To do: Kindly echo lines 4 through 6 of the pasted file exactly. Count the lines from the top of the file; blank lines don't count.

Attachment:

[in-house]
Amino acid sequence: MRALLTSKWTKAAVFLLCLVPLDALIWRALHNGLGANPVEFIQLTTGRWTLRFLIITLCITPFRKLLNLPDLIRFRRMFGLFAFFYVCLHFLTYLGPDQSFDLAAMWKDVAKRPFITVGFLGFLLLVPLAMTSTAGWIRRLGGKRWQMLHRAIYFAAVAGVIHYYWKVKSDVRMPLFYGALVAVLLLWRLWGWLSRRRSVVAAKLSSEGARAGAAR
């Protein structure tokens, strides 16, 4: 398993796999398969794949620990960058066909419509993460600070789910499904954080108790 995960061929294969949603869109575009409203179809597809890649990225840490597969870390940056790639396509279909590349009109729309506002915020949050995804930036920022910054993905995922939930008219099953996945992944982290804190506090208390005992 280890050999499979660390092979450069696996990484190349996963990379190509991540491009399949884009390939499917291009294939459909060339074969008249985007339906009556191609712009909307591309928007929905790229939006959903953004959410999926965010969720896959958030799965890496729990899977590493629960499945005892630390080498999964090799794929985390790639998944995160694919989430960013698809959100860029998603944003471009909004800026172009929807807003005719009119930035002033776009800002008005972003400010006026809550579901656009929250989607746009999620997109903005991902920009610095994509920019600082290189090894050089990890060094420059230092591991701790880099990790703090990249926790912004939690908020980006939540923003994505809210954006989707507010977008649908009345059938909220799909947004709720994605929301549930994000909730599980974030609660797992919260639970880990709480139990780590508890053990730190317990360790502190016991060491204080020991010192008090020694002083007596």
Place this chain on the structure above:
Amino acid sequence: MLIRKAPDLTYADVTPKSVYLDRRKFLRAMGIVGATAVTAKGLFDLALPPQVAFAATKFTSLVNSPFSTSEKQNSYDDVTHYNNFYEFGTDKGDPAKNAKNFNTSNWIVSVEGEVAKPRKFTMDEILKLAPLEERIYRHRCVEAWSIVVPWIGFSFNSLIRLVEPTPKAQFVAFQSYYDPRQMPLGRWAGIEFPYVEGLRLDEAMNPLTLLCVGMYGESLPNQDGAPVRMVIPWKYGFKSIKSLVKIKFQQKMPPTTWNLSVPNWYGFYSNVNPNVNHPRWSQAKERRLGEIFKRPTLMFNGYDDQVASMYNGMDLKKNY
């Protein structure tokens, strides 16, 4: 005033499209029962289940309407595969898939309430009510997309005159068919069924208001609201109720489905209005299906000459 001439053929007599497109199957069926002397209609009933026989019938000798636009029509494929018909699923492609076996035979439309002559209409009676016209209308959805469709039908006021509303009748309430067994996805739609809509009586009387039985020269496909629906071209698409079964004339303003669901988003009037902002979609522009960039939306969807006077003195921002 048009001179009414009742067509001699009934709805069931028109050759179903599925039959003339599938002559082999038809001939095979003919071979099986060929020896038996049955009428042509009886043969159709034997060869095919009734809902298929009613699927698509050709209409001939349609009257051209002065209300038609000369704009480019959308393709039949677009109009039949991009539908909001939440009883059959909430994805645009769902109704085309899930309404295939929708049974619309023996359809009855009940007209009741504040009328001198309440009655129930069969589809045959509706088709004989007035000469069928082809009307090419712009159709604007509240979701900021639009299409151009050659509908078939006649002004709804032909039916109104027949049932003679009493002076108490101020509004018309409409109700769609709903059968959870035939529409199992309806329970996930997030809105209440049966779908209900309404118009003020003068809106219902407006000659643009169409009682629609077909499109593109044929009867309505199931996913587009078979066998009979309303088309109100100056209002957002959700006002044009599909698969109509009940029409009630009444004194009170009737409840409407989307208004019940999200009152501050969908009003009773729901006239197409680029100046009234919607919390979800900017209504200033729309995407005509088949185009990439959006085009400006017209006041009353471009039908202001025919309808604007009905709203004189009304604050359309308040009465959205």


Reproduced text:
Place this chain on the structure above:
Amino acid sequence: MLIRKAPDLTYADVTPKSVYLDRRKFLRAMGIVGATAVTAKGLFDLALPPQVAFAATKFTSLVNSPFSTSEKQNSYDDVTHYNNFYEFGTDKGDPAKNAKNFNTSNWIVSVEGEVAKPRKFTMDEILKLAPLEERIYRHRCVEAWSIVVPWIGFSFNSLIRLVEPTPKAQFVAFQSYYDPRQMPLGRWAGIEFPYVEGLRLDEAMNPLTLLCVGMYGESLPNQDGAPVRMVIPWKYGFKSIKSLVKIKFQQKMPPTTWNLSVPNWYGFYSNVNPNVNHPRWSQAKERRLGEIFKRPTLMFNGYDDQVASMYNGMDLKKNY
């Protein structure tokens, strides 16, 4: 005033499209029962289940309407595969898939309430009510997309005159068919069924208001609201109720489905209005299906000459 001439053929007599497109199957069926002397209609009933026989019938000798636009029509494929018909699923492609076996035979439309002559209409009676016209209308959805469709039908006021509303009748309430067994996805739609809509009586009387039985020269496909629906071209698409079964004339303003669901988003009037902002979609522009960039939306969807006077003195921002 048009001179009414009742067509001699009934709805069931028109050759179903599925039959003339599938002559082999038809001939095979003919071979099986060929020896038996049955009428042509009886043969159709034997060869095919009734809902298929009613699927698509050709209409001939349609009257051209002065209300038609000369704009480019959308393709039949677009109009039949991009539908909001939440009883059959909430994805645009769902109704085309899930309404295939929708049974619309023996359809009855009940007209009741504040009328001198309440009655129930069969589809045959509706088709004989007035000469069928082809009307090419712009159709604007509240979701900021639009299409151009050659509908078939006649002004709804032909039916109104027949049932003679009493002076108490101020509004018309409409109700769609709903059968959870035939529409199992309806329970996930997030809105209440049966779908209900309404118009003020003068809106219902407006000659643009169409009682629609077909499109593109044929009867309505199931996913587009078979066998009979309303088309109100100056209002957002959700006002044009599909698969109509009940029409009630009444004194009170009737409840409407989307208004019940999200009152501050969908009003009773729901006239197409680029100046009234919607919390979800900017209504200033729309995407005509088949185009990439959006085009400006017209006041009353471009039908202001025919309808604007009905709203004189009304604050359309308040009465959205």